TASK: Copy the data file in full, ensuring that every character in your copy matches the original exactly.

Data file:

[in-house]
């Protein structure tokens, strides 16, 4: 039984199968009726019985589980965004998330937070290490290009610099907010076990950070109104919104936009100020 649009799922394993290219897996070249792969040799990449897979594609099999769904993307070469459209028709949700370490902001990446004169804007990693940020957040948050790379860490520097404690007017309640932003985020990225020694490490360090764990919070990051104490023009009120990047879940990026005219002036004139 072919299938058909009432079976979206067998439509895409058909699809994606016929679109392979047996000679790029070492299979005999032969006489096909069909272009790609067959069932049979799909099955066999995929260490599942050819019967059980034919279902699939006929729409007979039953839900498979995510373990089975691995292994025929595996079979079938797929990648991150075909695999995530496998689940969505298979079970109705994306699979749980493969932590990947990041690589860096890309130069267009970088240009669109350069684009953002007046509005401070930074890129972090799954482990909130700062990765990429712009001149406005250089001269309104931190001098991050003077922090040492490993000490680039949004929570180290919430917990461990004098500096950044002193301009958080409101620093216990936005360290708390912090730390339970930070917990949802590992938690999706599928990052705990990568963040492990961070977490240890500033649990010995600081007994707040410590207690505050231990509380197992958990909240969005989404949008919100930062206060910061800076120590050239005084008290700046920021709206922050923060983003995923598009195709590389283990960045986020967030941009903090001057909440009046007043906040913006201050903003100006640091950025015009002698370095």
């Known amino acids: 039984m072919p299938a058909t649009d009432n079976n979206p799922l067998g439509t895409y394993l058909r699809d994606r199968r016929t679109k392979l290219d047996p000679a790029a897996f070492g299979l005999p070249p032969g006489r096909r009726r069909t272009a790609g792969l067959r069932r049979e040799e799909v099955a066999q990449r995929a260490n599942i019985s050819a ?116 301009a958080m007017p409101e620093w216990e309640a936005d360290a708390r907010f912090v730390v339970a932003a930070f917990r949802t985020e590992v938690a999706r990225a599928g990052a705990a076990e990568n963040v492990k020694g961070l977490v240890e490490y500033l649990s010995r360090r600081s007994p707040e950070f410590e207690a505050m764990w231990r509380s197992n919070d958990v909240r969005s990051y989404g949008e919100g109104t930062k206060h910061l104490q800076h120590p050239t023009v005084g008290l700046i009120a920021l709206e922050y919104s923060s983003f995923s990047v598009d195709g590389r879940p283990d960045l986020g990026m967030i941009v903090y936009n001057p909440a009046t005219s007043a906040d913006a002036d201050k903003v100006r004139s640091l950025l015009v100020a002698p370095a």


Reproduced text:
[in-house]
């Protein structure tokens, strides 16, 4: 039984199968009726019985589980965004998330937070290490290009610099907010076990950070109104919104936009100020 649009799922394993290219897996070249792969040799990449897979594609099999769904993307070469459209028709949700370490902001990446004169804007990693940020957040948050790379860490520097404690007017309640932003985020990225020694490490360090764990919070990051104490023009009120990047879940990026005219002036004139 072919299938058909009432079976979206067998439509895409058909699809994606016929679109392979047996000679790029070492299979005999032969006489096909069909272009790609067959069932049979799909099955066999995929260490599942050819019967059980034919279902699939006929729409007979039953839900498979995510373990089975691995292994025929595996079979079938797929990648991150075909695999995530496998689940969505298979079970109705994306699979749980493969932590990947990041690589860096890309130069267009970088240009669109350069684009953002007046509005401070930074890129972090799954482990909130700062990765990429712009001149406005250089001269309104931190001098991050003077922090040492490993000490680039949004929570180290919430917990461990004098500096950044002193301009958080409101620093216990936005360290708390912090730390339970930070917990949802590992938690999706599928990052705990990568963040492990961070977490240890500033649990010995600081007994707040410590207690505050231990509380197992958990909240969005989404949008919100930062206060910061800076120590050239005084008290700046920021709206922050923060983003995923598009195709590389283990960045986020967030941009903090001057909440009046007043906040913006201050903003100006640091950025015009002698370095």
């Known amino acids: 039984m072919p299938a058909t649009d009432n079976n979206p799922l067998g439509t895409y394993l058909r699809d994606r199968r016929t679109k392979l290219d047996p000679a790029a897996f070492g299979l005999p070249p032969g006489r096909r009726r069909t272009a790609g792969l067959r069932r049979e040799e799909v099955a066999q990449r995929a260490n599942i019985s050819a ?116 301009a958080m007017p409101e620093w216990e309640a936005d360290a708390r907010f912090v730390v339970a932003a930070f917990r949802t985020e590992v938690a999706r990225a599928g990052a705990a076990e990568n963040v492990k020694g961070l977490v240890e490490y500033l649990s010995r360090r600081s007994p707040e950070f410590e207690a505050m764990w231990r509380s197992n919070d958990v909240r969005s990051y989404g949008e919100g109104t930062k206060h910061l104490q800076h120590p050239t023009v005084g008290l700046i009120a920021l709206e922050y919104s923060s983003f995923s990047v598009d195709g590389r879940p283990d960045l986020g990026m967030i941009v903090y936009n001057p909440a009046t005219s007043a906040d913006a002036d201050k903003v100006r004139s640091l950025l015009v100020a002698p370095a």